Many of the bacteria in the gut are specialists, tackling primarily carbs or protein, for example. The microbiome can change quickly — even within 24 hours — when you shift your diet. If you start eating more meat or more plants, the populations of bacteria change to adapt with it, and that alters the entire microbiome. That’s how making healthy dietary adjustments affects your health, through the cascade of changes that happen as the bacterial landscape morphs.
9. Know Your P’s
Prebiotics are “a non-digestible food ingredient that beneficially affects the host by selectively stimulating the growth and/or activity of one or a limited number of bacteria in the colon…improving the host’s health,” according to a review in the International Journal of Molecular Sciences. In short: Prebiotics feed probiotics. “A prebiotic fiber can’t be digested but it can be fermented, which produces SCFAs,” says Stefanski. Similarly, “probiotics are living non-pathogenic organisms used as food ingredients to benefit the host’s health.” Probiotics, which get added to the commensal bacteria already residing in the GI tract, are used to treat a variety of conditions, including multiple sclerosis, hypertension, atopic dermatitis, inflammatory bowel disease, and more.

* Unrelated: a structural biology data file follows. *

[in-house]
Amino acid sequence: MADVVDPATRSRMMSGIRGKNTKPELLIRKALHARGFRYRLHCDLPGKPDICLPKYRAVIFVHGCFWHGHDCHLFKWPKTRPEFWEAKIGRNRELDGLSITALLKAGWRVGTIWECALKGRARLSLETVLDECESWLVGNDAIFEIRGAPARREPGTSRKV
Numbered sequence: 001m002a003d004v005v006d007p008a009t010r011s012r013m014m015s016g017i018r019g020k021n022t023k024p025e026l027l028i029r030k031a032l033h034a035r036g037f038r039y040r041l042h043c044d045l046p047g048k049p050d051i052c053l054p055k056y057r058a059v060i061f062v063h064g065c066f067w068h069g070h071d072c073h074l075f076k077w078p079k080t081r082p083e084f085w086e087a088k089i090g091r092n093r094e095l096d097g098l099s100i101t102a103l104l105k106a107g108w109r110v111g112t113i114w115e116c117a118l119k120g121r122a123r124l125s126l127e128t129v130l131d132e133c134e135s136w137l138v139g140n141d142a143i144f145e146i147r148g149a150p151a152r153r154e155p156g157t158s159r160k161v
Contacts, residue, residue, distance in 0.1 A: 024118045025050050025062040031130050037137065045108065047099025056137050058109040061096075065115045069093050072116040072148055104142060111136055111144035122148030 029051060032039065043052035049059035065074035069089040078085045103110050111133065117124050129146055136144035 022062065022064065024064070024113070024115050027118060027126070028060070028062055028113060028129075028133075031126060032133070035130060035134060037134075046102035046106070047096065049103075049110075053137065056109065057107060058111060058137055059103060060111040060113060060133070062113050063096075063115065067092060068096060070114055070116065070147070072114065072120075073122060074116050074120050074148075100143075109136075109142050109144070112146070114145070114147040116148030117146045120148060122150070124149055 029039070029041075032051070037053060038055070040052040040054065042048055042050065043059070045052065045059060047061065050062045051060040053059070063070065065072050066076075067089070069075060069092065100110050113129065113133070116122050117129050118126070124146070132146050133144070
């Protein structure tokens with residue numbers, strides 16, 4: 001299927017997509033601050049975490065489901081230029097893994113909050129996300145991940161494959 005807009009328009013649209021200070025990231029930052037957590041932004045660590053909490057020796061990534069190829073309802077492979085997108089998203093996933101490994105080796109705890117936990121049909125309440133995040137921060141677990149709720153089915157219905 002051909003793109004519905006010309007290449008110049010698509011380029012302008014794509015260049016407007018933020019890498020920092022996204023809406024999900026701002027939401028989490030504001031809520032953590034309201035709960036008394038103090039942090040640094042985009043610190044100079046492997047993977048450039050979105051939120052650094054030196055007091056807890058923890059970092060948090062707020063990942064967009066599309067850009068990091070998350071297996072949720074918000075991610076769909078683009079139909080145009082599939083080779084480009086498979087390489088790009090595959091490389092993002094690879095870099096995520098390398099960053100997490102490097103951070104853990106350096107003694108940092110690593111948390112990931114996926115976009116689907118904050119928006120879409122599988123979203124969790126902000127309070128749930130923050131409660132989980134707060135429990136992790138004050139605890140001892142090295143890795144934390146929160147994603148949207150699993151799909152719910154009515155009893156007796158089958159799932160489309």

10. Baby Talk
Infants get a head start on building their microbiome as they move through the birth canal and during breastfeeding. But that’s only one aspect that affects a newborn’s GI tract. The baby’s genes, the mother’s diet while she was pregnant, and diet and lifestyle after birth will also play a role, so if a C-section and/or breastfeeding aren’t in the cards, don’t panic.
11. Beat Bloat
The pain, gas, and bloating you occasionally experience may be coming from an imbalance of good and bad bacteria. In some studies, the presence of certain organisms, such as one called archaea, was associated with complaints of bloating or pain while the presence of bacteria, including bifidobacteria, was associated with less abdominal discomfort.